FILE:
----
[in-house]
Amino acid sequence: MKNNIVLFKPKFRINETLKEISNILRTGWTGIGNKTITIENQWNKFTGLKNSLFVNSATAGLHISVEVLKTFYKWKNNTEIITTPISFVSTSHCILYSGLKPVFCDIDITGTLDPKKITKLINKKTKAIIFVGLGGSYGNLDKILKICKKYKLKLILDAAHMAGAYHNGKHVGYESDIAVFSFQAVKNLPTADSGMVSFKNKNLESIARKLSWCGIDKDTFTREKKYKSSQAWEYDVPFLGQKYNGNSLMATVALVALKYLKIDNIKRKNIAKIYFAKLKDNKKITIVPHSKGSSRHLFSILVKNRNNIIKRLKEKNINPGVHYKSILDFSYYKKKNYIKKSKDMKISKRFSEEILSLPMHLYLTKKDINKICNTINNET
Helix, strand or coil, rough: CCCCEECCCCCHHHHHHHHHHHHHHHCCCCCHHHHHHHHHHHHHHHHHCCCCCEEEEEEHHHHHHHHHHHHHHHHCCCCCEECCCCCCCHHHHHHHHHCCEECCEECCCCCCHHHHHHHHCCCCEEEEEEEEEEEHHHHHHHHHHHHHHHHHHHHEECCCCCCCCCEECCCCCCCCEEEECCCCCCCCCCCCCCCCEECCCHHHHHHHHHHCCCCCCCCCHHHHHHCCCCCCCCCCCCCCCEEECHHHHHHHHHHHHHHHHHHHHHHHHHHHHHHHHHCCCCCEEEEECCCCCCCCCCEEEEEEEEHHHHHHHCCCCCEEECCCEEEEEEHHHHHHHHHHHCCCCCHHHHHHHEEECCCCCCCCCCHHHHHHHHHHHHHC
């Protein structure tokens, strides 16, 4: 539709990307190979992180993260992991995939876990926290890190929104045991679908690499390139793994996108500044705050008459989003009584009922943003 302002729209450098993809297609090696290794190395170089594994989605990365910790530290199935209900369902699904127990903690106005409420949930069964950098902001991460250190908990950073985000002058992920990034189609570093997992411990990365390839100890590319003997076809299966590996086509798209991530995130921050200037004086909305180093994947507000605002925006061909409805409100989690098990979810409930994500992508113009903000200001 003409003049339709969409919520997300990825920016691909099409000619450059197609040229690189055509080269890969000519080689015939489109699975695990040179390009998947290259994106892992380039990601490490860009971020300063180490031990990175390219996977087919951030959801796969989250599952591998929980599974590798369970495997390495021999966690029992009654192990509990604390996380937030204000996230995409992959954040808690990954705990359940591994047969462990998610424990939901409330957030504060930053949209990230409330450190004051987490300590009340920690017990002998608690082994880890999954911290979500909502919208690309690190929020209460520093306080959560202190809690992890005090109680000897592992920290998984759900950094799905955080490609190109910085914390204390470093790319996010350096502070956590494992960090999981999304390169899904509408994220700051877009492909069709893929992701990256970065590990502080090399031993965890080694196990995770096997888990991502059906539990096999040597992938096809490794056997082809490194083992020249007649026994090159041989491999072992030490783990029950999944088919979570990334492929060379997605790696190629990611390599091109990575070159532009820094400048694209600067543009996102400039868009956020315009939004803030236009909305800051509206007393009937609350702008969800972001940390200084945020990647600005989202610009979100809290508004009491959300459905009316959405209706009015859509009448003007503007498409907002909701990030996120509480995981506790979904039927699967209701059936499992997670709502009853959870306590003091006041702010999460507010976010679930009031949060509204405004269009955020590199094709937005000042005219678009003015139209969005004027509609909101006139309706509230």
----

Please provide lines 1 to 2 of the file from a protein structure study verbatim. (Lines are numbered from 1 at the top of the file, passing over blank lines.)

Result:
[in-house]
Amino acid sequence: MKNNIVLFKPKFRINETLKEISNILRTGWTGIGNKTITIENQWNKFTGLKNSLFVNSATAGLHISVEVLKTFYKWKNNTEIITTPISFVSTSHCILYSGLKPVFCDIDITGTLDPKKITKLINKKTKAIIFVGLGGSYGNLDKILKICKKYKLKLILDAAHMAGAYHNGKHVGYESDIAVFSFQAVKNLPTADSGMVSFKNKNLESIARKLSWCGIDKDTFTREKKYKSSQAWEYDVPFLGQKYNGNSLMATVALVALKYLKIDNIKRKNIAKIYFAKLKDNKKITIVPHSKGSSRHLFSILVKNRNNIIKRLKEKNINPGVHYKSILDFSYYKKKNYIKKSKDMKISKRFSEEILSLPMHLYLTKKDINKICNTINNET